State-of-the-art ‘super cab’ hits the streets of Liverpool
Liverpool’s first ever electric black cab has hit the streets.
It’s got that instantly recognisable ‘Hackney Carriage’ look but this stylish new super charged cab is quieter, cheaper and cleaner than its diesel-driven counterpart.
And with more on the way, the city will have more than other big cities like Manchester, Leeds and Newcastle.
Designed and built by the London Electric Vehicle Company (LEVC) and known as the TX, uses a small petrol generator along with an electric battery. It can give drivers a range of 377 miles, including up to 80 miles electric range.
Cabbies can save up to £100 a week in fuel and service costs. For the passenger, this feature packed vehicle is ultra-safe and includes a panoramic roof and on-board WIFI.
Crucially, the new electric cab will further assist Liverpool’s anti-pollution revolution because it can be operated in ‘zero emissions’ mode for most of the day.
The city council and its partners have ambitious plans to help clean Liverpool’s air by reducing emissions of potentially harmful Nitrogen Dioxide (No2) found in diesel fumes.
In total the council is hoping to install 100 electric charging points across the city, along with plans to introduce a diesel-free fleet of council vehicles, such as bin lorries, across the city by 2024. They would be replaced by electric and compressed and natural gas vehicles.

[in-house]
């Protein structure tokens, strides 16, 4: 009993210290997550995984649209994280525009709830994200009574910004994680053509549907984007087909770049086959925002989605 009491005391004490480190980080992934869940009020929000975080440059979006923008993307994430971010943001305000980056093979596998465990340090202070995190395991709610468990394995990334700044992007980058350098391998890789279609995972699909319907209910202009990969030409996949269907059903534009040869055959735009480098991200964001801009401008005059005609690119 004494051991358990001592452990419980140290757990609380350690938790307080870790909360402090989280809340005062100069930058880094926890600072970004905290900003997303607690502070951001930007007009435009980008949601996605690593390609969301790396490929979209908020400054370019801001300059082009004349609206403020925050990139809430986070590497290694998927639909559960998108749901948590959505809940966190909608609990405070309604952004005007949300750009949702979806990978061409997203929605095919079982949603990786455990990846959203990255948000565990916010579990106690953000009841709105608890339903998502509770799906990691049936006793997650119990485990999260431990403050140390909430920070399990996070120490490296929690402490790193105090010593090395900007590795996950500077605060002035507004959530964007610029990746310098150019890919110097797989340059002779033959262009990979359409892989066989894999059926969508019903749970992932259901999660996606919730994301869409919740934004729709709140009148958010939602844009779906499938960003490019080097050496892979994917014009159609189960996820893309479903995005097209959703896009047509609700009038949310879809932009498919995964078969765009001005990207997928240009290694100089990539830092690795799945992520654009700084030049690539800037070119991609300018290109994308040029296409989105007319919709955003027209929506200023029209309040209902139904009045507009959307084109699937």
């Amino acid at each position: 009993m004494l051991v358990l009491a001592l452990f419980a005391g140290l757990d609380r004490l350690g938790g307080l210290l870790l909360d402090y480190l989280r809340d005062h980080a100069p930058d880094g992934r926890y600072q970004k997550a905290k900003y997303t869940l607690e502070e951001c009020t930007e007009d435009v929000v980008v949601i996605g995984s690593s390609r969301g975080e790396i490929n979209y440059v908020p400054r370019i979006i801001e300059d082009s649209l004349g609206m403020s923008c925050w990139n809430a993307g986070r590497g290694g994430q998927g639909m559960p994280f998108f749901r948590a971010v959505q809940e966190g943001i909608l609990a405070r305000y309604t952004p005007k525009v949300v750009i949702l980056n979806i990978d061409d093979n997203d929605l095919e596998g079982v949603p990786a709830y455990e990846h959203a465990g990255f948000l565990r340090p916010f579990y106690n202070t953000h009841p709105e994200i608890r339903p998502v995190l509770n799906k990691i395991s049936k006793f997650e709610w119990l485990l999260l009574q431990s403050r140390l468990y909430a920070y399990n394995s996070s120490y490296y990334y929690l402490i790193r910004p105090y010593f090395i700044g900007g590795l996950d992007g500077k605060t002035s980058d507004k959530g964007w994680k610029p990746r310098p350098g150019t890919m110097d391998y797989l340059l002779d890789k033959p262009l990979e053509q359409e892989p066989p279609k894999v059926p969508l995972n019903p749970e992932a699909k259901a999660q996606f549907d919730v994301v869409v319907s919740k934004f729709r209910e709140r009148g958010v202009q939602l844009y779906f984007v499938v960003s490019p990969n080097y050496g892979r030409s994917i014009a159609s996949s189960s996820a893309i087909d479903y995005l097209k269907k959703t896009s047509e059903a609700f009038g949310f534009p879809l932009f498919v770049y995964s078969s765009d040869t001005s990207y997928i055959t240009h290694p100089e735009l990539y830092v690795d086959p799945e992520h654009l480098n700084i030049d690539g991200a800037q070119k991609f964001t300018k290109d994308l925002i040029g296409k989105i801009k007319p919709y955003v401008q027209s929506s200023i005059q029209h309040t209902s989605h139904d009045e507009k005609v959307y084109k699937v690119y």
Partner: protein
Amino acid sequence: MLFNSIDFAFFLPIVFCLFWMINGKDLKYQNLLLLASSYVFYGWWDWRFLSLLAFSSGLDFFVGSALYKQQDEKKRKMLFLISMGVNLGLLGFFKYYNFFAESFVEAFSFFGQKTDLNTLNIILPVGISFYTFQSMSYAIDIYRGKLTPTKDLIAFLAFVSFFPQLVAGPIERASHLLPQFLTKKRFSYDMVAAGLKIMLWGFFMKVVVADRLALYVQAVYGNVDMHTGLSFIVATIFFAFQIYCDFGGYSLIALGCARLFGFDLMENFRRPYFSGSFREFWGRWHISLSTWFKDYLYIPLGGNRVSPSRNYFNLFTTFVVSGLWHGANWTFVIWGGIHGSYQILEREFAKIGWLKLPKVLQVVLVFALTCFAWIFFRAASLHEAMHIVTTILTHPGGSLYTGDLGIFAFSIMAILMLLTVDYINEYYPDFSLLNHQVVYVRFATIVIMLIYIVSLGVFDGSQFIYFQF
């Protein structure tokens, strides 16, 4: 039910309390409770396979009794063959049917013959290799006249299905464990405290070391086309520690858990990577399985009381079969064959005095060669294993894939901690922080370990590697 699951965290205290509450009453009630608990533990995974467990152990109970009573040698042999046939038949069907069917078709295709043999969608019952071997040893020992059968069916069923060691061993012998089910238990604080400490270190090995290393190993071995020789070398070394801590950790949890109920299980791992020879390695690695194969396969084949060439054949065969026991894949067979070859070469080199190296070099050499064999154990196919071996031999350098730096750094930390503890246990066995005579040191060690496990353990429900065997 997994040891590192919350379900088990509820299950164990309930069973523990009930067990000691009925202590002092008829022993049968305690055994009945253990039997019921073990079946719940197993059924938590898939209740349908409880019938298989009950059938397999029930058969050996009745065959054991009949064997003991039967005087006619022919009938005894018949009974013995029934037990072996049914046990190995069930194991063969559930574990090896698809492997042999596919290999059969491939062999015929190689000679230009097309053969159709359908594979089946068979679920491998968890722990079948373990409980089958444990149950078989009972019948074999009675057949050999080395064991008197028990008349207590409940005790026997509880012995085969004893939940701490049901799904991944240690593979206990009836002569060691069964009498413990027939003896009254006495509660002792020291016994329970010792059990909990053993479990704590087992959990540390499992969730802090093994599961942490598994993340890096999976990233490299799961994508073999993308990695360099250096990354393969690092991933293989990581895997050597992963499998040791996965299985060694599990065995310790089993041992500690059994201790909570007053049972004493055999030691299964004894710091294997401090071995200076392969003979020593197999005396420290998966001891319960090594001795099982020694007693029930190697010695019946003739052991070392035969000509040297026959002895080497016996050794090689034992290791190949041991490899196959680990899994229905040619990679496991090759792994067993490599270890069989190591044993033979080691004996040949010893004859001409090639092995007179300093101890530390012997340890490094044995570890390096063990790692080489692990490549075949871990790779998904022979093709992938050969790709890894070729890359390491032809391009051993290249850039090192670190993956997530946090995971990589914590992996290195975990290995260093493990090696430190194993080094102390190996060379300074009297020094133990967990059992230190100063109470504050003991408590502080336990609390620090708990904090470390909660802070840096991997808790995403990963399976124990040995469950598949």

There is also a proposal to phase out the use of older, dirtier retro-fitted diesel engines in black cabs over a five year period. While motorists are being encouraged to switch off their engines while waiting for someone to further reduce harmful emissions.
Mayor Joe Anderson said: “Liverpool’s licensed taxi trade is a great ambassador for our city and they do a fantastic job.
“We want to support them as much as we possibly can and by supporting great new innovations such as this is one way we can help. There are a number of funding streams available and we are currently investigating how we could tap into them to assist our drivers with purchasing these new vehicles.
“We are also committed to cleaning our city’s air for the sake of future generations and clearly this new breed of taxi will help.
“It’s cheaper to run and much cleaner than the older vehicles so it’s good for the hackney carriage trade and good for the people Liverpool.”
“The city council currently licences more than 1,400 Hackney Carriages and we are hoping many more drivers will realise the benefit of the electric cabs and make the switch.”
UNITE the Union is supporting the introduction of the electric cab by providing a purpose-built new charging point at its taxi training centre. The charging points have been supplied by car charging company New Motion and have been funded through a grant from Mersey Travel.
UNITE National Taxi Organiser Tommy McIntyre, said: “The benefits of these new black cabs speak for themselves and we believe they could encourage more members of the public to use black cabs because they are so environmentally-friendly.”
“Buying one of these new vehicles would be a significant investment for any cab driver but we believe the long-term savings in fuel and running costs would ultimately pay off.